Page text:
• Dalai Banana discusses the allure of spiritual regression (OK, this is my own spin) — the temptation to limit oneself to an immature, beginner-level spirituality that sells trite answers to life’s questions. In time, some people discover the answers were inconsistent or factually, historically or scientifically erroneous, or they find that the wrong questions were being asked to begin with. Their faith matures. Those who don’t mature — who continue to use their faith as a crutch to justify their own prejudices — become embarrassments and political liabilities to their respective religions.
  • The liberal Catholic blog In Today’s News reacts, in part, to XGW’s discussion of fluidity with a discussion of bisexuality. In a separate entry, ITN offers advice to the GOP for saving marriage:

    If you want to protect heterosexual marriage, focus energy on improving health care and education, increasing wages for working Americans so that one partner can actually support a family, preventing divorce, and eliminating financial tax burdens on married couples by taxing corporations instead.

    The antigay MarriageWatch site at Catholic University of America tracks states with DOMA laws and constitutional amendments.

  • Ex-ex-gay Scott Cruse offers a simple commentary on Ex-Gay Theoretical Theology (as opposed to practical theology).

    Moving on to the ex-gay question, the theoreticians tell us that homosexuals can’t be Christians, that homosexual sex is an abomination, or that God will cure us if we really want Him to and have enough faith.

    By the way, those last three words are a sure sign you’re dealing with theoretical theology. That’s the escape hatch.

  • Just months after gaining a presence in the NEA, Jeralee Smith, head of the Ex-Gay Educators Caucus, says “We’re asking NEA to disengage from all organizations that contribute to a sexual environment.” What an odd request. Does Smith intend the NEA to disengage from her own organization? Whatever the answer, the ex-gay lobbyists would like the public to know that they’re tolerant:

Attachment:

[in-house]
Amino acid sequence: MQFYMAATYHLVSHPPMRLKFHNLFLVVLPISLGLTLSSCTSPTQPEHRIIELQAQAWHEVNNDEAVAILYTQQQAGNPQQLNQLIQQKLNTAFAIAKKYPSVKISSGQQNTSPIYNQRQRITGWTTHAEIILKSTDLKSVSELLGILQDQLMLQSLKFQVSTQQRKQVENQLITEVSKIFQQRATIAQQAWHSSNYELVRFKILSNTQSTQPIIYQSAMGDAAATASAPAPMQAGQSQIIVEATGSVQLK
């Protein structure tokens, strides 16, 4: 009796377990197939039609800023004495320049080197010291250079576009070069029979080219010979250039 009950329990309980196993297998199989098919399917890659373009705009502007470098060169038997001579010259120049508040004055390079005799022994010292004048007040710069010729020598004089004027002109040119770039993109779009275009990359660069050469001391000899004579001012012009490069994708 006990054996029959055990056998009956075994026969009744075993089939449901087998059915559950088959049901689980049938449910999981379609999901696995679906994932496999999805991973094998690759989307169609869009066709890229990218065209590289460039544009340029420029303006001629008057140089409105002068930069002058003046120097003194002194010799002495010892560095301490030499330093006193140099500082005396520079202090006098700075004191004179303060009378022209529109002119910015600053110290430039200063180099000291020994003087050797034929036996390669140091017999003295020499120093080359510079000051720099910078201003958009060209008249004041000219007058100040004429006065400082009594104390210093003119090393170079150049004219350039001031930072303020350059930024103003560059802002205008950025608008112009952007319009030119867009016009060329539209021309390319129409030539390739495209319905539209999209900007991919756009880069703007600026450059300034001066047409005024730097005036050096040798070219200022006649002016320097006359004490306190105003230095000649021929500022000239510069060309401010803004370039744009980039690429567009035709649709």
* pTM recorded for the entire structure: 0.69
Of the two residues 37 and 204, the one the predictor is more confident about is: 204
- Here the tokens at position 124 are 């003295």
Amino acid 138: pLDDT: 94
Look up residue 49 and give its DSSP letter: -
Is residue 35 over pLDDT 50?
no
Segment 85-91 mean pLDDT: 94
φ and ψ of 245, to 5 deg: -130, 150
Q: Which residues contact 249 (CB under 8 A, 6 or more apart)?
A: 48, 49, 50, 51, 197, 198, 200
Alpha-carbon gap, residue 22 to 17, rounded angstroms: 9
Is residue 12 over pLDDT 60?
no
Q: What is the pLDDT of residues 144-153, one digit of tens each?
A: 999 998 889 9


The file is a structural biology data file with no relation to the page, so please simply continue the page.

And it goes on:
“If you’re happy being gay, that’s fine,” said Elaine Berk, co-director of JONAH (Jews Offering New Alternatives to Homosexuality) and an exhibitor at the ex-gay caucus booth.

    “We deal with people who are unhappy being gay,” said Berk.

    However, JONAH and its partners in the ex-gay PATH coalition are already on record supporting legal harassment against gay-tolerant educators, employers, and media.

  • When Jeralee Smith of the ex-gay caucus isn’t asking the NEA to kick out sex-issue groups like her own, she has reportedly been using the caucus soapbox to wage a smear campaign against Kevin Jennings of the Gay, Lesbian and Straight Education Network. According to The Washington Times, Smith and antigay NEA colleague Diane Lenning accused Jennings of protecting the confidentiality of a distraught teenager in 1988 who reported being involved sexually with an adult. According to the Times, the NEA Republican educators caucus reacted to the smear campaign by firing Lenning as its chairwoman.
  • Evangelicals Concerned profiles British ex-ex-gay Christian counselor Jeremy Marks, who will speak July 24 in Pasadena, Calif.
  • The libertarian Gay American reviews one of Focus on the Family’s “Eleven Arguments Against Same Sex Marriage.”
  • Dispatches from the Culture Wars analyzes “contradictory claims from the Right on separation of church and state.”
  • Exodus spokesman Randy Thomas does his periodic smear against mutual tolerance. Instead of noting Swedish censorship of antigay Christians and calling it intolerant, he blasts tolerance per se.
  • New on DVD: The 1993 documentary One Nation Under God about the ex-gay movement and ex-ex-gays.
  • Jason Kuznicki assesses an article by Johann Hari about alleged connections between fascism and homosexuality.

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